There are many partnerships in the auto industry, including one between Mercedes-Benz and Renault-Nissan.
Like most others, this came from the mutual need for technology, manufacturing facilities and expertise, with economies of scale the key component.
Renault rescued a financially- troubled Nissan in 1999. The two companies have cooperated on joint projects ever since while maintaining a public separation.
Daimler-Benz (Mercedes) entered into an alliance with Renault-Nissan in 2010 with each company holding a small (3.1 per cent) stake in the other.
Since then, Mercedes, Renault and Nissan have shared engines, manufacturing plants and vehicle platforms, with more than a dozen common vehicle projects currently underway in Europe, Asia and the Americas.
Mercedes wants to build a pickup truck for global markets - perhaps including North America.
That truck will share its platform with the Nissan NP300 (Navara) and is targeted initially for commercial clients and consumers in Australia, Europe, Latin America and South Africa.
Which brings us to the subject of this week's review - the Infiniti QX30. Nissan wants to make Infiniti a major player in global luxury markets, not just in North America. It required a new vehicle to compete in the burgeoning luxury-compact crossover segment which has grown more than 37 per cent in North America this year alone.
Development costs for an entirely new vehicle run into the billions of dollars, and more importantly in times of such intense growth, require several years from concept to fruition.
Thus, we have the new 2017 Infiniti QX30 - a Mercedes GLA in disguise.
The QX30 in your local Infiniti store shares its platform, engine, transmission; suspension, brakes, electric architecture and some interior trim bits with the Mercedes GLA250. But the parts you see, inside and out, are unique.
The Infiniti design team did an excellent job of differentiating the QX30 from the GLA. The Infiniti has a plethora of sharp angles, sweeping curves and a much more aggressive face.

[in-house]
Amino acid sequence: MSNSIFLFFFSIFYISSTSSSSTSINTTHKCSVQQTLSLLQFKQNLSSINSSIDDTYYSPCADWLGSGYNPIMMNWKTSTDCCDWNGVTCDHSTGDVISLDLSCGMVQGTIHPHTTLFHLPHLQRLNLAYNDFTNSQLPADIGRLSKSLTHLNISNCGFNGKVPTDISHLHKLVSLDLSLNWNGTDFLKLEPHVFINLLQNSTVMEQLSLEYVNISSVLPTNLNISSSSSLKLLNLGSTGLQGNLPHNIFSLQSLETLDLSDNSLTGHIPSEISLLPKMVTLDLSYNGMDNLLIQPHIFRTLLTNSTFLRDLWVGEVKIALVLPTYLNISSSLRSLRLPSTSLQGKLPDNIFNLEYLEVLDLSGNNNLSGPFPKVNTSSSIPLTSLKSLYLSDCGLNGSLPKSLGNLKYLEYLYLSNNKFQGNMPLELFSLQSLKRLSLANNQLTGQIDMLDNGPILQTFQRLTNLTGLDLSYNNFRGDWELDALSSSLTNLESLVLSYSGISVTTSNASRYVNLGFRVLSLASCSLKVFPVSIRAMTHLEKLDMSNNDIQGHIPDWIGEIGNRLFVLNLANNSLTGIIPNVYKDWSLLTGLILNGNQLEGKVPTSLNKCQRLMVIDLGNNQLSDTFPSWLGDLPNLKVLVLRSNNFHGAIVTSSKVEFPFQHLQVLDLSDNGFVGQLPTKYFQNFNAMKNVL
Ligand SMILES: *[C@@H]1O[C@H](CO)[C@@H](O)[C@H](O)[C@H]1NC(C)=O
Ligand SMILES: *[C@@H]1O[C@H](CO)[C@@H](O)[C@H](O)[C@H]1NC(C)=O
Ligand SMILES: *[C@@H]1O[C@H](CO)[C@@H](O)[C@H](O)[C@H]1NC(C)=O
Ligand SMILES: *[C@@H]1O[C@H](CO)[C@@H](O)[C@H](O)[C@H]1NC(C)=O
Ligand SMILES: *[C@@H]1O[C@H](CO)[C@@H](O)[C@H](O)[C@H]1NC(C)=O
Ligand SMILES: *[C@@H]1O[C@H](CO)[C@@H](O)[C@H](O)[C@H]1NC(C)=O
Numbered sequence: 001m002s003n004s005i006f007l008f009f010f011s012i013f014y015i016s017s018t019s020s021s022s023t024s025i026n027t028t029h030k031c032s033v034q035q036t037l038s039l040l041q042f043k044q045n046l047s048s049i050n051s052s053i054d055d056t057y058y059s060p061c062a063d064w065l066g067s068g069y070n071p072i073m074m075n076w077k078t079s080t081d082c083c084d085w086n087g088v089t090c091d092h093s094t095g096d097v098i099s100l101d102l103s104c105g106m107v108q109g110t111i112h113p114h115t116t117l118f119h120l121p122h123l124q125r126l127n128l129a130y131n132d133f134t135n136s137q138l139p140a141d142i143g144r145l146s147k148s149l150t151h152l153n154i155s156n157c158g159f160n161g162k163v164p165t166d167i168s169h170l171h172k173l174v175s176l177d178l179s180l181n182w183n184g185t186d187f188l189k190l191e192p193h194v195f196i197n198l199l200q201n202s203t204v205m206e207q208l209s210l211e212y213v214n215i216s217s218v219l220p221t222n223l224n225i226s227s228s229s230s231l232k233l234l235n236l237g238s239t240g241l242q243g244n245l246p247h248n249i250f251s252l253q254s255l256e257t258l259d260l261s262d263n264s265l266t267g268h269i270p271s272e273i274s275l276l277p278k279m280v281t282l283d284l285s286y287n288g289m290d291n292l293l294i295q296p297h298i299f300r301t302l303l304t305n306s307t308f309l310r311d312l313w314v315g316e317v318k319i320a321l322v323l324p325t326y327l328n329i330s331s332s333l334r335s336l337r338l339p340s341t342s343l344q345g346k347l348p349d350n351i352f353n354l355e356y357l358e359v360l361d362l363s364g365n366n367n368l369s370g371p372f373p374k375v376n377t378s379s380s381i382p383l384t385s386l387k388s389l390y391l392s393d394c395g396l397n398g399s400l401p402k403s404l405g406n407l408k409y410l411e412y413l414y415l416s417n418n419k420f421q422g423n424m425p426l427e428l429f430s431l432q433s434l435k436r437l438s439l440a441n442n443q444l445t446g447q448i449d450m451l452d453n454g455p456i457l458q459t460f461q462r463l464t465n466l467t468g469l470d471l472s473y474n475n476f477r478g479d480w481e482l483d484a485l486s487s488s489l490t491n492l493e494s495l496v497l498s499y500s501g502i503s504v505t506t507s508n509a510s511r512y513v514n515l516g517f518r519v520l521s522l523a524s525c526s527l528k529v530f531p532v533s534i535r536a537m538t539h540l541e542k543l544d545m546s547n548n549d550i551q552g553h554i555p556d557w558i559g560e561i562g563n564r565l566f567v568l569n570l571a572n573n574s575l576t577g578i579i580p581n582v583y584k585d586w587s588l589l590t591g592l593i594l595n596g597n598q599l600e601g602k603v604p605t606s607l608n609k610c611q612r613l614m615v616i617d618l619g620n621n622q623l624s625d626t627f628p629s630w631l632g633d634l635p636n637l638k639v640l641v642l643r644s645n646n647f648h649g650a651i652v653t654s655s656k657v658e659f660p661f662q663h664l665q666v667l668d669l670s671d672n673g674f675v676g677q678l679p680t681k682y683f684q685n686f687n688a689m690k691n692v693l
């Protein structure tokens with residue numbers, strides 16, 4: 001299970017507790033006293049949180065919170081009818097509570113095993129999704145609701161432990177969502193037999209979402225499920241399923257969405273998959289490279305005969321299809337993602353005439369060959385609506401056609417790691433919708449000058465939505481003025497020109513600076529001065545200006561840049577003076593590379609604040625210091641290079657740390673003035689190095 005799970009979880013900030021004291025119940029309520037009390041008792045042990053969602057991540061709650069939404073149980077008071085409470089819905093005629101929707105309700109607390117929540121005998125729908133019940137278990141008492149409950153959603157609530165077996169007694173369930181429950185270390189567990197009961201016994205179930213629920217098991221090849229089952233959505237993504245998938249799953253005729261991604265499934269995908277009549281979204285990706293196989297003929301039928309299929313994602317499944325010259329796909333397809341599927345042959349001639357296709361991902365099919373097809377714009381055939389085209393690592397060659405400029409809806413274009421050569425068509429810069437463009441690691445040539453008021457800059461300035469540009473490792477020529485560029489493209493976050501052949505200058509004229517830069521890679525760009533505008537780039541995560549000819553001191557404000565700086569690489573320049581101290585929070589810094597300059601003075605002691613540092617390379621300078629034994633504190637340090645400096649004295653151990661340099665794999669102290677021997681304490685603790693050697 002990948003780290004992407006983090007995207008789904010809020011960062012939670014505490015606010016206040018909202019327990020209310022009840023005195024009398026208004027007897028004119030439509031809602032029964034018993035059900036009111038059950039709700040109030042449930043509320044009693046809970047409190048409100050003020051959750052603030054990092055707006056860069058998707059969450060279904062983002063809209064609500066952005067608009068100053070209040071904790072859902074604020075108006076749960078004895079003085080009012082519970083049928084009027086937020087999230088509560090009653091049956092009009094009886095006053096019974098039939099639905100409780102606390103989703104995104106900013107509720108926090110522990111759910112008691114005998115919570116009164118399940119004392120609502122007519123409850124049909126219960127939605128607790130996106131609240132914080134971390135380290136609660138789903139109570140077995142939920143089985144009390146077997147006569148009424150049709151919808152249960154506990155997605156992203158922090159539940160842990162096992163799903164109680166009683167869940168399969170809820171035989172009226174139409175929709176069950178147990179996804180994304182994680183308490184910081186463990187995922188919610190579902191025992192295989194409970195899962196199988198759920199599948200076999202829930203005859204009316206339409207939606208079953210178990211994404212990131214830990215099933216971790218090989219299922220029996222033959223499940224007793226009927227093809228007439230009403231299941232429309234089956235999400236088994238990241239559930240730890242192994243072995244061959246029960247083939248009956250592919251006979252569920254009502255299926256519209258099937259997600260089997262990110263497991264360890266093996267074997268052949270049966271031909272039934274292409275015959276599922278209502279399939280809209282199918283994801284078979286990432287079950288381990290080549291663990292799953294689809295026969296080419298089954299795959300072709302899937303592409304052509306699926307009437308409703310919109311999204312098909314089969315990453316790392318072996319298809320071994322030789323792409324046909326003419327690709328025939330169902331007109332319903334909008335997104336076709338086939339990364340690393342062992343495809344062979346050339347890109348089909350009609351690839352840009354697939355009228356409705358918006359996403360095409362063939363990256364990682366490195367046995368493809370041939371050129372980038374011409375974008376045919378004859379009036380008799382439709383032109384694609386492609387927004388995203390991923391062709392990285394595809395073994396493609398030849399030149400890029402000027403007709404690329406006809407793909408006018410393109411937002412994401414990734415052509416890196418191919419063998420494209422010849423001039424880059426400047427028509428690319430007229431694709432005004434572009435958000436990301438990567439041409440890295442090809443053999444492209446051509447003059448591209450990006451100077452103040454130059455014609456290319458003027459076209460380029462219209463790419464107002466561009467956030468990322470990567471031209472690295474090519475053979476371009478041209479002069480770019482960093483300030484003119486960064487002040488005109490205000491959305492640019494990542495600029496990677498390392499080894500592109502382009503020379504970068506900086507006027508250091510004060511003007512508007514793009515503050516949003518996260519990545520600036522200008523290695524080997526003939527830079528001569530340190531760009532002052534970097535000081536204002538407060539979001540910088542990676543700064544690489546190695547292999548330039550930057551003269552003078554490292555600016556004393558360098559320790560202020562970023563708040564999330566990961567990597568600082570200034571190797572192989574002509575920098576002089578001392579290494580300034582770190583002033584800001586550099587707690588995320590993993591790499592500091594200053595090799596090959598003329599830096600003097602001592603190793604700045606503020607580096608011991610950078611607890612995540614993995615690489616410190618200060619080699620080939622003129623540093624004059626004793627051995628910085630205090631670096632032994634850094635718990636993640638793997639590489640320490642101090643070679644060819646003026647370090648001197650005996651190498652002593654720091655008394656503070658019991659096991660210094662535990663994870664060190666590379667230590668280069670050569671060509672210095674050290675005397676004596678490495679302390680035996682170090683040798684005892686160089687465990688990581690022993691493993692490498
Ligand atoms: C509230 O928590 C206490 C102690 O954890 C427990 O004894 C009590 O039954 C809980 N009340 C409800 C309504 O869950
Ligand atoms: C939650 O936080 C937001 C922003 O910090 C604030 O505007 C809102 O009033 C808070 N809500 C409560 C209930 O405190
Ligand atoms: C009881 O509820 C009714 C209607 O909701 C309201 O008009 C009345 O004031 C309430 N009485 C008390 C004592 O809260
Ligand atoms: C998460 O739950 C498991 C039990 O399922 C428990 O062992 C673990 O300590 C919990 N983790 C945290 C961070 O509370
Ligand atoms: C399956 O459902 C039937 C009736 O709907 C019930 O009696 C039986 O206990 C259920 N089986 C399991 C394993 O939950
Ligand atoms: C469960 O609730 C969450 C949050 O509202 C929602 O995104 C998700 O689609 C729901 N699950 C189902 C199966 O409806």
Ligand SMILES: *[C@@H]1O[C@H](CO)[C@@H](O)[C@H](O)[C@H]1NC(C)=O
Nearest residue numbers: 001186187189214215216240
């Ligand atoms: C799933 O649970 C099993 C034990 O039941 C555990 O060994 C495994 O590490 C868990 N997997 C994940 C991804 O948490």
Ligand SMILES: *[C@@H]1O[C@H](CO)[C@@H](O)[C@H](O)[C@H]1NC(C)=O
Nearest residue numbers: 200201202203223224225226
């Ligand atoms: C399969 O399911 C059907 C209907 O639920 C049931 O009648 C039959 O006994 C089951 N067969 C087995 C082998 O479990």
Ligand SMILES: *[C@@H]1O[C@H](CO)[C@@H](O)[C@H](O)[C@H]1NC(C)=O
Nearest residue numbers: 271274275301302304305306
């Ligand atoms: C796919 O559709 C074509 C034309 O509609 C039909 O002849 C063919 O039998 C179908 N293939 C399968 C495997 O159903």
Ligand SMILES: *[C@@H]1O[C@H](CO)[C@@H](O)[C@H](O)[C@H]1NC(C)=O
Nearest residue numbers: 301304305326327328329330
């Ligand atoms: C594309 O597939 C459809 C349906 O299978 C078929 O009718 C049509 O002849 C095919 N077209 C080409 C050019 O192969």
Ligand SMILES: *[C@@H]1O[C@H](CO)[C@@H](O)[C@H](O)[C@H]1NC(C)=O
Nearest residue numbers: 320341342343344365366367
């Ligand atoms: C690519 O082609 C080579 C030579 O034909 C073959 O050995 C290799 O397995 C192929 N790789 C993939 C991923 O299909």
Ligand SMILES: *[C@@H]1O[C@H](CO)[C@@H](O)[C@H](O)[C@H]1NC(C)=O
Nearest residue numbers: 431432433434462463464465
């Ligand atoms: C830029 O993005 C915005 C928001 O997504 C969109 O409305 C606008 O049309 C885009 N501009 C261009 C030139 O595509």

The wheel openings are extra large and trimmed in black for emphasis and the greenhouse carries the signature Infiniti crescent-shape C-pillars. With a sloping roofline and lower overall height than most, it could just as easily be called a tall station wagon or hatchback rather than a Crossover.
The interior is clearly unique other than minor items like smart keys, window controls, switches on the steering wheel and those for the climate control system. The instrument panel, seats and infotainment are a total departure and purely Infiniti. The infotainment screen is incorporated in the dash rather than stuck on top in the Mercedes. The system operates via touch or the console-mounted controller. The dash itself is asymmetrical and covered by stitched leather.
The Nappa leather upholstery on the test vehicle was clearly superior to the stuff Mercedes uses. The seats they cover are the result of Infiniti's research into 'spinal support.' Infiniti says they are ?engineered to match the curvature of the spine and minimize pressure on back muscles by distributing load more equally.? I say they are supportive and superb for long periods of travel. The rear seat is not as pleasant a place to spend time; it's cramped